Day of Month 18 19 20 21 22 23 24
Lunar Day 19 20 21 Sabbath (5) 23 24 25
Shavuot Count 33 34 35 36 37 38 39
Day of Month 25 26 27 28 29 30 31
Lunar Day 26 27 28 Sabbath (6) New Moon (1) New Moon (2) 2
Shavuot Count 40 41 42 43 44 45 46


June 1930
  Sunday Monday Tuesday Wednesday Thursday Friday Saturday
Day of Month 1 2 3 4 5 6 7
Lunar Day 3 4 5 6 7 Sabbath (7) 9
Shavuot Count 47 48 49 50 51* 52* 53*
Day of Month 8 9 10 11 12 13 14
Lunar Day 10 11 12 13 14 Sabbath 16
               
Day of Month 15 16 17 18 19 20 21
Lunar Day 17 18 19 20 21 Sabbath 23
               
Day of Month 22 23 24 25 26 27 28
Lunar Day 24 25 26 27 28 Sabbath 30
               
Day of Month              
               
               

Tuesday, 1 April 1930 was new moon day. Since Lunar Sabbatarians do not count the new moon days as part of the six days of work between Sabbaths, the first Lunar Sabbath is on Tuesday, 8 April. There are then Lunar Sabbaths on the 15th, 22nd, and 29th of April. The count to Shavuot started on the sixteenth of the first lunar month, 16 April, after a Lunar Sabbath. This lunar month only had twenty-nine days because the next visible new moon was on 30 April. By this time there have been two complete Sabbaths of the required seven and fifteen days of the required fifty for the full count to Shavuot.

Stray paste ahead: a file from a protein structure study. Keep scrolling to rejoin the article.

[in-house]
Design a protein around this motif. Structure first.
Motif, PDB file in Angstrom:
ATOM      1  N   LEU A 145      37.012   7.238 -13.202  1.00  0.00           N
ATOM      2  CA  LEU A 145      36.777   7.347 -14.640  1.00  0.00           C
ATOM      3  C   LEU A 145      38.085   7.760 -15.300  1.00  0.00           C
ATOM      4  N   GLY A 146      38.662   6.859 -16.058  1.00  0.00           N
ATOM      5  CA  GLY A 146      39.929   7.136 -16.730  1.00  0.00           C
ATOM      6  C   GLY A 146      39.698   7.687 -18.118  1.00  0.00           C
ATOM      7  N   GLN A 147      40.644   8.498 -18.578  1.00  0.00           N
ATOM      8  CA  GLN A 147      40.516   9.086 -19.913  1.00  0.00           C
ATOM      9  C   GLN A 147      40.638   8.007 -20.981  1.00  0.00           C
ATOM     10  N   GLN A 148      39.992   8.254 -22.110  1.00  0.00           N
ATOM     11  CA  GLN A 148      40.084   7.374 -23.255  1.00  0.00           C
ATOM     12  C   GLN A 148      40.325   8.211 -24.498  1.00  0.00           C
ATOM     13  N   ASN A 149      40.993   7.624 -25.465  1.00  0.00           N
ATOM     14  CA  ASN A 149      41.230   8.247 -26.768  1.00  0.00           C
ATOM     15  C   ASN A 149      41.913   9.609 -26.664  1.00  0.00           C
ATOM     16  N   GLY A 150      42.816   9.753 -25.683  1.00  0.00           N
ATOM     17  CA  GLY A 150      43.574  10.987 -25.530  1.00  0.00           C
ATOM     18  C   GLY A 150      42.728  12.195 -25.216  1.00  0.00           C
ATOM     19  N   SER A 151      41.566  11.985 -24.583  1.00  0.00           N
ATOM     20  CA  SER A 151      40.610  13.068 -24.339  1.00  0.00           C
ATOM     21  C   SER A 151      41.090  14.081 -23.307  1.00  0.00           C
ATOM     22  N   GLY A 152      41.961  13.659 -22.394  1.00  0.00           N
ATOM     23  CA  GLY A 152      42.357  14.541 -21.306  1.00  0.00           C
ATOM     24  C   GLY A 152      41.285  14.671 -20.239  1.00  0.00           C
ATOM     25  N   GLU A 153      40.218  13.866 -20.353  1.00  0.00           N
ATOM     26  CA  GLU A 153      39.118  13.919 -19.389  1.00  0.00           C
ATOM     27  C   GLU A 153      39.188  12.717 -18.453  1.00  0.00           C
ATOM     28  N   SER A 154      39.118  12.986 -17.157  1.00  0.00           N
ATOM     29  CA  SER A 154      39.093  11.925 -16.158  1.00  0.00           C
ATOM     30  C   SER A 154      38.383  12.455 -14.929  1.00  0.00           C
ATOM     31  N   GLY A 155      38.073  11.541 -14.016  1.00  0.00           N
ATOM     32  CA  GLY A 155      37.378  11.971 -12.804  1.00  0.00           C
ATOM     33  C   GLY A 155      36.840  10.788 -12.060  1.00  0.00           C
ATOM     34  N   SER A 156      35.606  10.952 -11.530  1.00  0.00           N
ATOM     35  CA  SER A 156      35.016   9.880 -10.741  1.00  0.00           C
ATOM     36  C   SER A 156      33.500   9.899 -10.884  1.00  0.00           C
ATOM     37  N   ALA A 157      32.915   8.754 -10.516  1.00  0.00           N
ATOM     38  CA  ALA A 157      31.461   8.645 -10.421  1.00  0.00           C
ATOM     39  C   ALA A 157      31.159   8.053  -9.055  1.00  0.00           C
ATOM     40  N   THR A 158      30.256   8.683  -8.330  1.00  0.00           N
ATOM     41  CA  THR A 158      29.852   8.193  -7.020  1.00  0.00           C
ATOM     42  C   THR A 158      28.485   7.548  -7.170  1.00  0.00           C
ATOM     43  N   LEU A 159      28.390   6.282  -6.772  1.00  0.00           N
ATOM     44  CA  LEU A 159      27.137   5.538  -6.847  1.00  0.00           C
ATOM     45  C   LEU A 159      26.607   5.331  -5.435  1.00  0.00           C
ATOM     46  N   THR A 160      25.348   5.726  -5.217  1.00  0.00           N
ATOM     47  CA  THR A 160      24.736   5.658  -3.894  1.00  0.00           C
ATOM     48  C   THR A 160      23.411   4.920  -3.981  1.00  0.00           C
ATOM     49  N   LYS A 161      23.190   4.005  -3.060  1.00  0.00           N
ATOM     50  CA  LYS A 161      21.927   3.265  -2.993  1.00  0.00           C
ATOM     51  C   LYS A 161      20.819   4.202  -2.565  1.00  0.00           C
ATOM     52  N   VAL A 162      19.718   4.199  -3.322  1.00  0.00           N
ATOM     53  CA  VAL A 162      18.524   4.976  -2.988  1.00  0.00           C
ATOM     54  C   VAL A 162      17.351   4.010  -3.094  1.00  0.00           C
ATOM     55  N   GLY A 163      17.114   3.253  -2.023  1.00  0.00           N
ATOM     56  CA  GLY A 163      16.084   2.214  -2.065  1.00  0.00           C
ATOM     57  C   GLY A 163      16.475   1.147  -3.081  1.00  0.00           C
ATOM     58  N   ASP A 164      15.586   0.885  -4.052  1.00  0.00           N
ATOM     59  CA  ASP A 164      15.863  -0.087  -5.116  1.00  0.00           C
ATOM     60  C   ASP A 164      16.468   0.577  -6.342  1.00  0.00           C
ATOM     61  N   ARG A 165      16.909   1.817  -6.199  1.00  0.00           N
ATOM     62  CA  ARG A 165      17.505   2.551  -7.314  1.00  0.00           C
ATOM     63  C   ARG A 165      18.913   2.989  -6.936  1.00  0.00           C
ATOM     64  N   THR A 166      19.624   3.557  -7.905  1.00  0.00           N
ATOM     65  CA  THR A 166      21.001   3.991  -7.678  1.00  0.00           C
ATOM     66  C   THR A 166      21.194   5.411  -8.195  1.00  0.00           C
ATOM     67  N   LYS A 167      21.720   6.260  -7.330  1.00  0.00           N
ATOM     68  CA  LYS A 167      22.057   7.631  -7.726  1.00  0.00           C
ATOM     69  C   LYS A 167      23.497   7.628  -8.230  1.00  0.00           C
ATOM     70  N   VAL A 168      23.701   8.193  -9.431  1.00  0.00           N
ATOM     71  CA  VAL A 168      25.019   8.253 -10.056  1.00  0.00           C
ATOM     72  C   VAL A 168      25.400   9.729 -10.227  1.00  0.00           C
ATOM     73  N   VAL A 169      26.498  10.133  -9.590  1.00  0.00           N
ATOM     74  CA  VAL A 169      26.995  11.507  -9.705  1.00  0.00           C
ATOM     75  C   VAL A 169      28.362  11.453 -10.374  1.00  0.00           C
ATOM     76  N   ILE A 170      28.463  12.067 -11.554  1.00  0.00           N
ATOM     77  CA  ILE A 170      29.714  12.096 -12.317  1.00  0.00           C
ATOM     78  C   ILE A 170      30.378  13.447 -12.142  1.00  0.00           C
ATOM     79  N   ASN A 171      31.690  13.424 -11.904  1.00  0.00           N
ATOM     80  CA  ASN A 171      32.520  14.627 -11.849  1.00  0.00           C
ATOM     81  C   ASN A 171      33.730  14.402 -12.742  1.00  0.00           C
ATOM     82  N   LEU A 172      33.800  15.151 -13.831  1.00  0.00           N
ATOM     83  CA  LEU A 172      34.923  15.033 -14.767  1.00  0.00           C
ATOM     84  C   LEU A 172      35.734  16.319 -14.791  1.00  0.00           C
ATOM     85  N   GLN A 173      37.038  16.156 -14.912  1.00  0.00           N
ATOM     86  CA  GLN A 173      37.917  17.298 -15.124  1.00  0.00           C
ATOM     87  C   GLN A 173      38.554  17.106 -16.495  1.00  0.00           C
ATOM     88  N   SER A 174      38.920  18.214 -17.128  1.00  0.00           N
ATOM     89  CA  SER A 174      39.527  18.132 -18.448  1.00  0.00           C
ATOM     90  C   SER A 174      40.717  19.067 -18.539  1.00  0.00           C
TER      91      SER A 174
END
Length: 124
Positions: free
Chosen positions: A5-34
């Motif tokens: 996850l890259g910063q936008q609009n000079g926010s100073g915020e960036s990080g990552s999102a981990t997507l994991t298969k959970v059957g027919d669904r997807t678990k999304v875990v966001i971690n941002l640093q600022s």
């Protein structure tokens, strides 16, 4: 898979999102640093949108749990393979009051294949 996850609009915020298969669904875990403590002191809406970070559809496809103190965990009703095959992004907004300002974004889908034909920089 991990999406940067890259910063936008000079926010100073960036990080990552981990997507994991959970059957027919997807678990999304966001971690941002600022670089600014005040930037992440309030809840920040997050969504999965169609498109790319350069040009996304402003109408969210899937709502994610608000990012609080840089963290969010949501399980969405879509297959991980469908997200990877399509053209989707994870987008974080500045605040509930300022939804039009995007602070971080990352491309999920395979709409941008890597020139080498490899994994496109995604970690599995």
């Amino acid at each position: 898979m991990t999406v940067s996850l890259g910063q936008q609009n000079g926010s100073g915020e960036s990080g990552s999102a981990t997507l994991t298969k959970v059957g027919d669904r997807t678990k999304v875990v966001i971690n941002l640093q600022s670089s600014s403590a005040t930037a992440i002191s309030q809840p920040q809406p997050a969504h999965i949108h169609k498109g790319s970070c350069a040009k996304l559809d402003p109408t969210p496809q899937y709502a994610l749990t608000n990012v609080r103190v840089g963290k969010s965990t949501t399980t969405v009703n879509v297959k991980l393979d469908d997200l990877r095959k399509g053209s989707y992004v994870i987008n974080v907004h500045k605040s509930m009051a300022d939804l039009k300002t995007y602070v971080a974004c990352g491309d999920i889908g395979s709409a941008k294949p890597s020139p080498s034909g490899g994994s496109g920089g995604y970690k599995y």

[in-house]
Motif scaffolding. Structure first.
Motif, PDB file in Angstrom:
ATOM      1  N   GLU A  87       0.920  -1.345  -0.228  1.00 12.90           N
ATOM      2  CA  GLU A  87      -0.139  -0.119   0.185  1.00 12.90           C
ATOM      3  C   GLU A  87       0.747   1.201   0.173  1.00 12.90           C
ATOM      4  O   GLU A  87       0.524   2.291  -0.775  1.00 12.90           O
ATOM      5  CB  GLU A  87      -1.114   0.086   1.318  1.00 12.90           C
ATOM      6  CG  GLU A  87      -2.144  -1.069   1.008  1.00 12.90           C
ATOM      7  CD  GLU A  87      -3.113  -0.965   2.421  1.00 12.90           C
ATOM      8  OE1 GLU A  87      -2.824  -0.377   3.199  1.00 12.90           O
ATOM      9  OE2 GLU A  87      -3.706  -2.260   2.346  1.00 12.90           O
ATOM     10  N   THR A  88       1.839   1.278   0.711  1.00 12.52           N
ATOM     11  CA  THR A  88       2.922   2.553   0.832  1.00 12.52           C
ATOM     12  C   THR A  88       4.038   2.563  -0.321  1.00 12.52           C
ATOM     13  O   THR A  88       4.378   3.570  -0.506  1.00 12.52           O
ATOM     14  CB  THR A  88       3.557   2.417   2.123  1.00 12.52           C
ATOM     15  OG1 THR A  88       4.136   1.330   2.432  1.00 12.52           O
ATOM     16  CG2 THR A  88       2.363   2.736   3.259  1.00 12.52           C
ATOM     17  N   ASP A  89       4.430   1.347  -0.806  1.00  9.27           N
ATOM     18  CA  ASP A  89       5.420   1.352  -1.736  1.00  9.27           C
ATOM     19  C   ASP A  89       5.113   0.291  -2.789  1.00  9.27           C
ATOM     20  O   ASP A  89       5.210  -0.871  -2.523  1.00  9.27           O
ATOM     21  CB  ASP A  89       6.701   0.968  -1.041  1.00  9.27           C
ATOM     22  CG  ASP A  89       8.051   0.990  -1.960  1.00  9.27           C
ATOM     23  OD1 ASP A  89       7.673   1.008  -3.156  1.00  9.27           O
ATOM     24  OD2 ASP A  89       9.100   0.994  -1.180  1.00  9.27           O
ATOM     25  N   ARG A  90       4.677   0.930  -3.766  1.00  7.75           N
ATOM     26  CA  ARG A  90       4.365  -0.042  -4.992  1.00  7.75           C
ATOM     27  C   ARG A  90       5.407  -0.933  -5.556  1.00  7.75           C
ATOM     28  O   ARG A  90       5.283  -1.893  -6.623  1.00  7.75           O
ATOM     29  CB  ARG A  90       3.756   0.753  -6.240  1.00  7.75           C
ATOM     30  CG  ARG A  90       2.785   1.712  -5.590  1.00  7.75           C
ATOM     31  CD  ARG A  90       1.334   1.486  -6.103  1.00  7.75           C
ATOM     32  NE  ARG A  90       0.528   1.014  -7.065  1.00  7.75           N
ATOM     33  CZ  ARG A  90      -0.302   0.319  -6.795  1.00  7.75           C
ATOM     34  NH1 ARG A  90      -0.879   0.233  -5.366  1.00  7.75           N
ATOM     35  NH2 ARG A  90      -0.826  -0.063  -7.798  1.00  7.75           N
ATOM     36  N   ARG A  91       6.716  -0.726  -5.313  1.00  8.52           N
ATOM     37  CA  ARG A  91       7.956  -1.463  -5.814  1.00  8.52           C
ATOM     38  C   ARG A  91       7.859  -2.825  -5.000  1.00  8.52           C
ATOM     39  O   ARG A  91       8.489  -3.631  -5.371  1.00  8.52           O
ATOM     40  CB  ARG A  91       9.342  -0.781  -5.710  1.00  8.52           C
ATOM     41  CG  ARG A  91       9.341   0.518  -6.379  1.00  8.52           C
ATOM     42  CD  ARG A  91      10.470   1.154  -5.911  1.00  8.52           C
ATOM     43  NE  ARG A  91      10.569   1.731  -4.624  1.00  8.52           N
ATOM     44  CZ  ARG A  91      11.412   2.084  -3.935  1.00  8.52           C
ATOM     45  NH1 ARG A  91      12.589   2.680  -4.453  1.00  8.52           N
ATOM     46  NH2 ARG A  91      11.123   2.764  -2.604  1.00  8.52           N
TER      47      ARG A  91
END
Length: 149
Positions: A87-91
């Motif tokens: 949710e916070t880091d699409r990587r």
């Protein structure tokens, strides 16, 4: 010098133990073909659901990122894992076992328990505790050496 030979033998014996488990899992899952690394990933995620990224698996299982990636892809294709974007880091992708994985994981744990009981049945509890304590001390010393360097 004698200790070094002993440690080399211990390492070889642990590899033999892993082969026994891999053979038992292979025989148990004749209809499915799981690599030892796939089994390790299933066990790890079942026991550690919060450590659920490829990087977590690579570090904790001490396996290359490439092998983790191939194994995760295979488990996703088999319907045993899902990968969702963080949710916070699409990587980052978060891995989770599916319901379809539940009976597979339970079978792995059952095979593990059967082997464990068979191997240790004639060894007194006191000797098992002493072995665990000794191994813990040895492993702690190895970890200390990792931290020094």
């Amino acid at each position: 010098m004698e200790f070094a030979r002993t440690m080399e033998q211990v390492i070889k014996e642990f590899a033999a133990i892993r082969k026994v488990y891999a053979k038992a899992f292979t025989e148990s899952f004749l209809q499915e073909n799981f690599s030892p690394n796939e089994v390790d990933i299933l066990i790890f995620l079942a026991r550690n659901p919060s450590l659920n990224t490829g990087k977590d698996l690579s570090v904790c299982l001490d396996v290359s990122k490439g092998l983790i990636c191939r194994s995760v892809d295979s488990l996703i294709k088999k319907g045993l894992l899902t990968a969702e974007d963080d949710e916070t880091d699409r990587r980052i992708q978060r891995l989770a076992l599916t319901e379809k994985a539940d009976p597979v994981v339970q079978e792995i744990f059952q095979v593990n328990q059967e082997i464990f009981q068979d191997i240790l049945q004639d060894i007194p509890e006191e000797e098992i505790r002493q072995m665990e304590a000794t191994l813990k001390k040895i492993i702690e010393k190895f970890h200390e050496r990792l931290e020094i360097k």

Wednesday, 30 April 1930 was the next new moon day. The Lunar Sabbaths of that month fell on the 7th, 14th, 21st, and 28th of May. This lunar month, unlike the previous, would have had thirty days in it due to the illumination percentage of the new moon on the 29th day (only about 0.8% at sunset). If a lunar month has thirty days instead of twenty-nine, Lunar Sabbatarians celebrate two new moon days in a row. These days fell on the 29th and 30th of May. By this time there have been six complete Sabbaths of the required seven and forty-five days of the required fifty for the full count to Shavuot.

Thursday, 29 May 1930 and Friday, 30 May 1930 were the next new moon days. The next Lunar Sabbath wouldn't occur until 6 June. However, herein lies two major problems. First, if you choose to stop at the proper count to fifty days (Wednesday, 4 June) you are three days short of being on the required "morrow after the seventh Sabbath." Second, if you choose to stop on the required "morrow after the seventh Sabbath" (Saturday, 9 June) you are actually on day fifty-three of the required fifty-day count.

Even if the second lunar month above was only twenty-nine days the count is still off by at least two days. There is just no way for all three requirements for the proper timing of Shavuot to be accomplished when Lunar Sabbaths are used.





FOOTNOTES